You need to divide your parenting time in a way that is best for your child, which sometimes requires them to spend the majority of their time with one parent. Your marital home may have special equipment that helps with your child’s physical needs, and replicating that in a second home may be expensive. If your co-parent is more experienced with caring for your child’s special needs, you have to learn how to be an independent caregiver if you want a schedule that is close to equal parenting time. However, you still might not be able to dedicate as much time to your child if you have longer work hours than your co-parent.

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Posted on in Child Custody

What DCFS Involvement Means for Your DivorceThe Illinois Department of Children and Family Services (DCFS) is tasked with protecting children who may be victims of abuse or neglect. Thus, it must take any credible accusations seriously. As a parent, receiving a notification from the DCFS is frightening because you do not know whether you will lose the right to see your child. The stakes may seem even higher if you are accused of child abuse during your divorce. If the DCFS indicates you for child abuse or neglect, it will negatively affect your allocation of parental responsibilities.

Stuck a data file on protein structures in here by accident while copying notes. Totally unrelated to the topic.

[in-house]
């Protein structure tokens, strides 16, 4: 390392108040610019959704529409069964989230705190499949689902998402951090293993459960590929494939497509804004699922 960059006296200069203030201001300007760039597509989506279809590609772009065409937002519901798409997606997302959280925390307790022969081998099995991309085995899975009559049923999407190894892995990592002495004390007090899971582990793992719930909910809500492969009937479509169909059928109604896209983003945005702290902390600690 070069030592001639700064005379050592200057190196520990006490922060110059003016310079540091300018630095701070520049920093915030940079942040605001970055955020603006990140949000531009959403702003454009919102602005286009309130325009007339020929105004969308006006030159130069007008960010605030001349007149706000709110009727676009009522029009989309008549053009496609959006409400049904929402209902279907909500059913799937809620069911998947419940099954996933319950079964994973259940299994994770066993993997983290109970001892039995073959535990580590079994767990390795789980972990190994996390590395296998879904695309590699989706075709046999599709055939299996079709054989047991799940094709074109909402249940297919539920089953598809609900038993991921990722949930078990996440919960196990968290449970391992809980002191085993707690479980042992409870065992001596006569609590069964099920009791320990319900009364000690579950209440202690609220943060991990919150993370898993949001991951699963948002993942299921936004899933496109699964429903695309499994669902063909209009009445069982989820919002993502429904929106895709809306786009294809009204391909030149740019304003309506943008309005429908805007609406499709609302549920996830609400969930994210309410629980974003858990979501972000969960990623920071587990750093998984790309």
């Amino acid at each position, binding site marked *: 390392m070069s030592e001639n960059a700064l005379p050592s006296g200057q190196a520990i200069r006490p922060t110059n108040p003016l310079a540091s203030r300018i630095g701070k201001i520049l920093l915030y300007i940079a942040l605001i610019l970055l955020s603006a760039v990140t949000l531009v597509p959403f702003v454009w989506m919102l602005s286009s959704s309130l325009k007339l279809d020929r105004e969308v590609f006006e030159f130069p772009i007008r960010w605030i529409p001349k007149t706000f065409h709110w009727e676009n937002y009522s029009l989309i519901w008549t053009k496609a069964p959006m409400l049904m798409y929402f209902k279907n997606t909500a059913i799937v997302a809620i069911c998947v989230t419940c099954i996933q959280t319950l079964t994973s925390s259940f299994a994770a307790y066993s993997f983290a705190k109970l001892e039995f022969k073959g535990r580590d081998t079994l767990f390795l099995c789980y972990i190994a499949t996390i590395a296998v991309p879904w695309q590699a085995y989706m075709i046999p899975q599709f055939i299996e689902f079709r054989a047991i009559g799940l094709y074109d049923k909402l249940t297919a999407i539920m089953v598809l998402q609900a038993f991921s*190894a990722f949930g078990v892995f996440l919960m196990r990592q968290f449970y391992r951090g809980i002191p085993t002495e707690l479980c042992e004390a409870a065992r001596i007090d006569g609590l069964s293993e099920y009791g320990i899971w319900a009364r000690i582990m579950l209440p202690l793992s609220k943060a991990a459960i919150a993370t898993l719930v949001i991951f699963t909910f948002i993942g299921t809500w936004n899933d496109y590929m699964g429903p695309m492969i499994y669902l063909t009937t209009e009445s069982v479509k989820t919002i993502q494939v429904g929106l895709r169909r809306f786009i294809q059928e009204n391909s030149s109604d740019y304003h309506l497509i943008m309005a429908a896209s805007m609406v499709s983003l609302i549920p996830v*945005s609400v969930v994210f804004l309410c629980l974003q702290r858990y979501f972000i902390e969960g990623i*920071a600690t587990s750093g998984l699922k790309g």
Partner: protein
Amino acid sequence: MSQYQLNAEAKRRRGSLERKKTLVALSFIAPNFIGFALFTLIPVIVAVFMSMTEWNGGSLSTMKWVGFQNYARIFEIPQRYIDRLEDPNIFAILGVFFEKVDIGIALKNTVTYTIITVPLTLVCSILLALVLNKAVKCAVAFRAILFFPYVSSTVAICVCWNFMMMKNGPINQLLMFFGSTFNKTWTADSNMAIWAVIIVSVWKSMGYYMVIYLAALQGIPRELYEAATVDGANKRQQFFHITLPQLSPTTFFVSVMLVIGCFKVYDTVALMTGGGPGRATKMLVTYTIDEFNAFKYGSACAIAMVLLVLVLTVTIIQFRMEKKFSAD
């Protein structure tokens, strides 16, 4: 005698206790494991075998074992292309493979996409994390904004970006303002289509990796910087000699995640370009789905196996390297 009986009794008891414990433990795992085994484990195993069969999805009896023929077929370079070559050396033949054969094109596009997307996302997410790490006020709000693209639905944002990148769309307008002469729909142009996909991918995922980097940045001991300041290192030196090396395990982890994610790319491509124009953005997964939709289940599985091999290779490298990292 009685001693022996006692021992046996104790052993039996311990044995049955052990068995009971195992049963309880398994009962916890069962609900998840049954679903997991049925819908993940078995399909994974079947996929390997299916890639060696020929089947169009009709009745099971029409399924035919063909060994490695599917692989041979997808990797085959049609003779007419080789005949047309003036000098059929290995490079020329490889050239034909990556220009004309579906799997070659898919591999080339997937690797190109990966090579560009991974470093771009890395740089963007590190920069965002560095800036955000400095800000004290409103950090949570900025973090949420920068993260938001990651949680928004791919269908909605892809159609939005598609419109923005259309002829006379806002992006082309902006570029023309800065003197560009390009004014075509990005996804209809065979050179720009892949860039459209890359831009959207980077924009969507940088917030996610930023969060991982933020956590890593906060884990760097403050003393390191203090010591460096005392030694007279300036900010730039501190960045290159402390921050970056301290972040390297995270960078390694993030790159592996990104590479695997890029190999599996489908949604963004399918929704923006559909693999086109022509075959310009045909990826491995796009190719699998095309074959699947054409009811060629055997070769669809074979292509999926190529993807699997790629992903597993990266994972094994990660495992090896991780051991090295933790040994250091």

How DCFS Cases Start

Do not assume that your spouse is the one accusing you of child abuse just because the accusation comes during your divorce. The DCFS allows anyone to report suspected cases of child abuse or neglect, and people such as teachers and doctors are required to report their suspicions. However, the DCFS requires the reporter to provide details that will make the accusation credible, such as a description of the child’s injuries, the child’s explanation for the injuries, and observations of the alleged abuser’s interactions with the child.

Initial Investigation

When the DCFS receives a credible report accusing you of child abuse, it will start by visiting your home to inform you of the accusation and determine whether the child is in immediate danger. It will not take your child away from you unless it believes your child is not safe. The DCFS will determine whether the child abuse accusation is founded by interviewing witnesses. It has 60 days to complete the investigation and report its findings.

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Posted on in Child Custody

How Divorce Has Improved for Men in the Past DecadeDivorce in the U.S. has changed in many ways during the last decade. The divorce rate has settled down from the boom the country experienced in the 1970s. Millennials, who were the children of many of those divorces, are waiting longer to get married and start a family. Divorce has also become more amicable because of the rising use of conflict resolution methods such as mediation and collaborative divorce. Women have increasing power during the process and are less likely to be financially dependent upon men. However, men have also seen increased benefits from divorce, thanks to that same trend towards gender equality.